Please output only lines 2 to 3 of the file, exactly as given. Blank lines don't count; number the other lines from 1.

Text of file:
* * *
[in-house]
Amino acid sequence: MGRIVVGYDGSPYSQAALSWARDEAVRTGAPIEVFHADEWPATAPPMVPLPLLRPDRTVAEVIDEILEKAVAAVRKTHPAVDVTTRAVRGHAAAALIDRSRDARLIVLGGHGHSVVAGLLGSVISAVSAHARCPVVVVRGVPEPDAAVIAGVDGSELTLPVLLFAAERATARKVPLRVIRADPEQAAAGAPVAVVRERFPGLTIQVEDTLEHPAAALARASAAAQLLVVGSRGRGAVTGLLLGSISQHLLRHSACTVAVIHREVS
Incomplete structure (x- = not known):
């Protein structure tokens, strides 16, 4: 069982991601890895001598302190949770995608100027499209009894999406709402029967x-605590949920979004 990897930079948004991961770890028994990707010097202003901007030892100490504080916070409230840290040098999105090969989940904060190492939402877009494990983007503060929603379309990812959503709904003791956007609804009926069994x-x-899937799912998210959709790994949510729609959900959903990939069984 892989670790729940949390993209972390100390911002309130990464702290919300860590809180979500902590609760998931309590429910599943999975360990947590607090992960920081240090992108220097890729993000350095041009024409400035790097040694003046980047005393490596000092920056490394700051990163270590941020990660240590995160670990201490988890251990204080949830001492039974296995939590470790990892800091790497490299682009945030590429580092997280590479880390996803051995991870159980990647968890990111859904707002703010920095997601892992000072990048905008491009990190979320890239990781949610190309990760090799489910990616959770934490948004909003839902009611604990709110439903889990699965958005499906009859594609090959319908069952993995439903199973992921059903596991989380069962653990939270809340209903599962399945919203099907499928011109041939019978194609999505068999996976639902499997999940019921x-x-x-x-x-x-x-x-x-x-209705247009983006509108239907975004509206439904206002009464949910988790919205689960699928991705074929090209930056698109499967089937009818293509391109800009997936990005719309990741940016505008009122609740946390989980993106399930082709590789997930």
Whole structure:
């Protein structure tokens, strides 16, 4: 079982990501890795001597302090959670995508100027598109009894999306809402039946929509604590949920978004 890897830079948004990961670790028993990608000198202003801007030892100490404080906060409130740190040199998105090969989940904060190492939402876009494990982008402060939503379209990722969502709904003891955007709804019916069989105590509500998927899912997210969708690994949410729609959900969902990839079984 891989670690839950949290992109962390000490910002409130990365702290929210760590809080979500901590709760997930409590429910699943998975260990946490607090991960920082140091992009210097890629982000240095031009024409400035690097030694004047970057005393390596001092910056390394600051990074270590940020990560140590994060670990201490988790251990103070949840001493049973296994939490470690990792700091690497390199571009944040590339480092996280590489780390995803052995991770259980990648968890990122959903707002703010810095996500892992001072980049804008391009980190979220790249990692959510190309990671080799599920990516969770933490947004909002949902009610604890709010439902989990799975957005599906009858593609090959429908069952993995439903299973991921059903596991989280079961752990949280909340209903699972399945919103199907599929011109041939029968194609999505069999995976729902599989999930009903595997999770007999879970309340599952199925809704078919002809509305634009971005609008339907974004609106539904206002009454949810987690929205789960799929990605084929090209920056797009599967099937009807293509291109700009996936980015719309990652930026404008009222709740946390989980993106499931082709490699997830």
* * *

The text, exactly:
Amino acid sequence: MGRIVVGYDGSPYSQAALSWARDEAVRTGAPIEVFHADEWPATAPPMVPLPLLRPDRTVAEVIDEILEKAVAAVRKTHPAVDVTTRAVRGHAAAALIDRSRDARLIVLGGHGHSVVAGLLGSVISAVSAHARCPVVVVRGVPEPDAAVIAGVDGSELTLPVLLFAAERATARKVPLRVIRADPEQAAAGAPVAVVRERFPGLTIQVEDTLEHPAAALARASAAAQLLVVGSRGRGAVTGLLLGSISQHLLRHSACTVAVIHREVS
Incomplete structure (x- = not known):